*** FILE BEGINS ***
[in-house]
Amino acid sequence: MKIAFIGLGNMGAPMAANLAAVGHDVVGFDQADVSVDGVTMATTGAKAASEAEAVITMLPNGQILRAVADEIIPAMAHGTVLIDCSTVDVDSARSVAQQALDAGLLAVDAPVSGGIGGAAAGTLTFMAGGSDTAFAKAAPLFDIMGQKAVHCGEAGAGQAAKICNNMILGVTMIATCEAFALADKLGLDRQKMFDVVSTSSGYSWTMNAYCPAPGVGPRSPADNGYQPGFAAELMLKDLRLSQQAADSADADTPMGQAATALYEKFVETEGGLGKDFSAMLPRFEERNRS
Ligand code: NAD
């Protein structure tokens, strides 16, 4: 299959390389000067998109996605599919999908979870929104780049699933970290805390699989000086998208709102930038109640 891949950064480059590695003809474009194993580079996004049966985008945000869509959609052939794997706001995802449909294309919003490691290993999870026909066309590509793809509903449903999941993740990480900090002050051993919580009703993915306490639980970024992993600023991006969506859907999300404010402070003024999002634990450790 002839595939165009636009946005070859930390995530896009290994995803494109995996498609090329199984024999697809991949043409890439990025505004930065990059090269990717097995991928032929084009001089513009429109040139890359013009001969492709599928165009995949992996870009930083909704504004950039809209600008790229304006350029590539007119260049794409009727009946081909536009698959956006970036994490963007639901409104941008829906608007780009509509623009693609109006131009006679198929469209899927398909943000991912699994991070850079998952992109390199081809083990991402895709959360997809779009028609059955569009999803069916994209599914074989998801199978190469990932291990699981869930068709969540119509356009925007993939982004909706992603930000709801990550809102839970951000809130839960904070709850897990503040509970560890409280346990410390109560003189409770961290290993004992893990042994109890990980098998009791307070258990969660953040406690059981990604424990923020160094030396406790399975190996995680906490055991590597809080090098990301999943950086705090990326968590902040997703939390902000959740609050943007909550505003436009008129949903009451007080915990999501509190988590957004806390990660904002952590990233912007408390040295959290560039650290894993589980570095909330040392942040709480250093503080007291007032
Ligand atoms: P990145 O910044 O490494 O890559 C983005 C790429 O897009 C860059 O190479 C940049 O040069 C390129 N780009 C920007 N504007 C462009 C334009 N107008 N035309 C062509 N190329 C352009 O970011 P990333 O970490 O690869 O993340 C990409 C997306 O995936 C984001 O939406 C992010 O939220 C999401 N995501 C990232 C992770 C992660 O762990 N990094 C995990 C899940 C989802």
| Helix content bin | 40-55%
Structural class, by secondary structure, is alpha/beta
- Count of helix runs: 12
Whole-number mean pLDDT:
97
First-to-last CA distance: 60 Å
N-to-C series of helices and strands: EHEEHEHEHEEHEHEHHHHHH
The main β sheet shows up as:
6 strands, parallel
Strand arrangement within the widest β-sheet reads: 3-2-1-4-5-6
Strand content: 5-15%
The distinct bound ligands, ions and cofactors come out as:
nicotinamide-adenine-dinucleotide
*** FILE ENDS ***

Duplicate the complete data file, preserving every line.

[in-house]
Amino acid sequence: MKIAFIGLGNMGAPMAANLAAVGHDVVGFDQADVSVDGVTMATTGAKAASEAEAVITMLPNGQILRAVADEIIPAMAHGTVLIDCSTVDVDSARSVAQQALDAGLLAVDAPVSGGIGGAAAGTLTFMAGGSDTAFAKAAPLFDIMGQKAVHCGEAGAGQAAKICNNMILGVTMIATCEAFALADKLGLDRQKMFDVVSTSSGYSWTMNAYCPAPGVGPRSPADNGYQPGFAAELMLKDLRLSQQAADSADADTPMGQAATALYEKFVETEGGLGKDFSAMLPRFEERNRS
Ligand code: NAD
């Protein structure tokens, strides 16, 4: 299959390389000067998109996605599919999908979870929104780049699933970290805390699989000086998208709102930038109640 891949950064480059590695003809474009194993580079996004049966985008945000869509959609052939794997706001995802449909294309919003490691290993999870026909066309590509793809509903449903999941993740990480900090002050051993919580009703993915306490639980970024992993600023991006969506859907999300404010402070003024999002634990450790 002839595939165009636009946005070859930390995530896009290994995803494109995996498609090329199984024999697809991949043409890439990025505004930065990059090269990717097995991928032929084009001089513009429109040139890359013009001969492709599928165009995949992996870009930083909704504004950039809209600008790229304006350029590539007119260049794409009727009946081909536009698959956006970036994490963007639901409104941008829906608007780009509509623009693609109006131009006679198929469209899927398909943000991912699994991070850079998952992109390199081809083990991402895709959360997809779009028609059955569009999803069916994209599914074989998801199978190469990932291990699981869930068709969540119509356009925007993939982004909706992603930000709801990550809102839970951000809130839960904070709850897990503040509970560890409280346990410390109560003189409770961290290993004992893990042994109890990980098998009791307070258990969660953040406690059981990604424990923020160094030396406790399975190996995680906490055991590597809080090098990301999943950086705090990326968590902040997703939390902000959740609050943007909550505003436009008129949903009451007080915990999501509190988590957004806390990660904002952590990233912007408390040295959290560039650290894993589980570095909330040392942040709480250093503080007291007032
Ligand atoms: P990145 O910044 O490494 O890559 C983005 C790429 O897009 C860059 O190479 C940049 O040069 C390129 N780009 C920007 N504007 C462009 C334009 N107008 N035309 C062509 N190329 C352009 O970011 P990333 O970490 O690869 O993340 C990409 C997306 O995936 C984001 O939406 C992010 O939220 C999401 N995501 C990232 C992770 C992660 O762990 N990094 C995990 C899940 C989802």
| Helix content bin | 40-55%
Structural class, by secondary structure, is alpha/beta
- Count of helix runs: 12
Whole-number mean pLDDT:
97
First-to-last CA distance: 60 Å
N-to-C series of helices and strands: EHEEHEHEHEEHEHEHHHHHH
The main β sheet shows up as:
6 strands, parallel
Strand arrangement within the widest β-sheet reads: 3-2-1-4-5-6
Strand content: 5-15%
The distinct bound ligands, ions and cofactors come out as:
nicotinamide-adenine-dinucleotide